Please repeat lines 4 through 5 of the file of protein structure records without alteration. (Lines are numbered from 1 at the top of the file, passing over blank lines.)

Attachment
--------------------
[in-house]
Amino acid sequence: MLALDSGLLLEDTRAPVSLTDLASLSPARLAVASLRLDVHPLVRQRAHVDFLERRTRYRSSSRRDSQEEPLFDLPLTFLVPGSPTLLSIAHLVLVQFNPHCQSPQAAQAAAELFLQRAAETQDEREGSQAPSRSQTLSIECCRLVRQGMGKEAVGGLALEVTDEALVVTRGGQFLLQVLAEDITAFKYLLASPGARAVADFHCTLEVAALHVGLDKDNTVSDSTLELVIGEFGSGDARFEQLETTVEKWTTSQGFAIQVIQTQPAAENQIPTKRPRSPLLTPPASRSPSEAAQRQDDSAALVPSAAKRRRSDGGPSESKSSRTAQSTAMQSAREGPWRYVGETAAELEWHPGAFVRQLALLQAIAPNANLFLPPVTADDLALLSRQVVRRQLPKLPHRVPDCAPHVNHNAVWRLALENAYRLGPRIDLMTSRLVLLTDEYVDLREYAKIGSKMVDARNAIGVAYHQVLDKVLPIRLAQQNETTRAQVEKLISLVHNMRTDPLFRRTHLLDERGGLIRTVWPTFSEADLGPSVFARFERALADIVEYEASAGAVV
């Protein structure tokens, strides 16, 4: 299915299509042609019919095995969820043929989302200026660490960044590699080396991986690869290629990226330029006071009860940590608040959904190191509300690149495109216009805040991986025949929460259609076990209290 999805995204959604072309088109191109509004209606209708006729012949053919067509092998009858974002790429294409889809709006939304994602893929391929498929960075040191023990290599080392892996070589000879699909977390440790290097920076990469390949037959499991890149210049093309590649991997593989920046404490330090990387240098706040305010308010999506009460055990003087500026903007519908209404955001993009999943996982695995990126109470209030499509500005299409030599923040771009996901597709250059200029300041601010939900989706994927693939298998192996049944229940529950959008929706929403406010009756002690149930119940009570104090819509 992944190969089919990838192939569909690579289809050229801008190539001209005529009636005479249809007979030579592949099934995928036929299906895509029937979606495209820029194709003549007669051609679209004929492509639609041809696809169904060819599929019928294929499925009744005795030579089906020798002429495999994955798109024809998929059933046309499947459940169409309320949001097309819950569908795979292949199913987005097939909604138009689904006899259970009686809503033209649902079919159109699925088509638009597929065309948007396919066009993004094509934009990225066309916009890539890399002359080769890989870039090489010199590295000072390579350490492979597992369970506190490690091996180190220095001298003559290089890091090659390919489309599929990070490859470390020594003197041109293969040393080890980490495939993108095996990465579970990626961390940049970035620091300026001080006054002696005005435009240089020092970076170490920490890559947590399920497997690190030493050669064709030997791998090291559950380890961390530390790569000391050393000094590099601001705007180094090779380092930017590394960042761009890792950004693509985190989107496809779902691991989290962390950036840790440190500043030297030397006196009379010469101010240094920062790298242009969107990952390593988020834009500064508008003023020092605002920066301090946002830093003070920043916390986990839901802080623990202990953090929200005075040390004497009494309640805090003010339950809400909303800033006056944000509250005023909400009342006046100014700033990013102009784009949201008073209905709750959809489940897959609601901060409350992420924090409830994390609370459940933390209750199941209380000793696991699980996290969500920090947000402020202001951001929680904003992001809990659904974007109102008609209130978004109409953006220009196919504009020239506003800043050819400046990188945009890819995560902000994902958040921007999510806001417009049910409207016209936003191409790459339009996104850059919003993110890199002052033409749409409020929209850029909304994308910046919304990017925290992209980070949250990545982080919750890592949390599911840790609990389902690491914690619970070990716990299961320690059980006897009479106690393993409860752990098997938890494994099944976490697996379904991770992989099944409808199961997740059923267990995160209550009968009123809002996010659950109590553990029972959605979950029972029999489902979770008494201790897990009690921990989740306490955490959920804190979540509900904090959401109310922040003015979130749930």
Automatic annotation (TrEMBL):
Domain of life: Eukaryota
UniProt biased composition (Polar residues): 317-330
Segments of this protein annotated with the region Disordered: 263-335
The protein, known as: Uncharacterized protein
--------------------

Automatic annotation (TrEMBL):
Domain of life: Eukaryota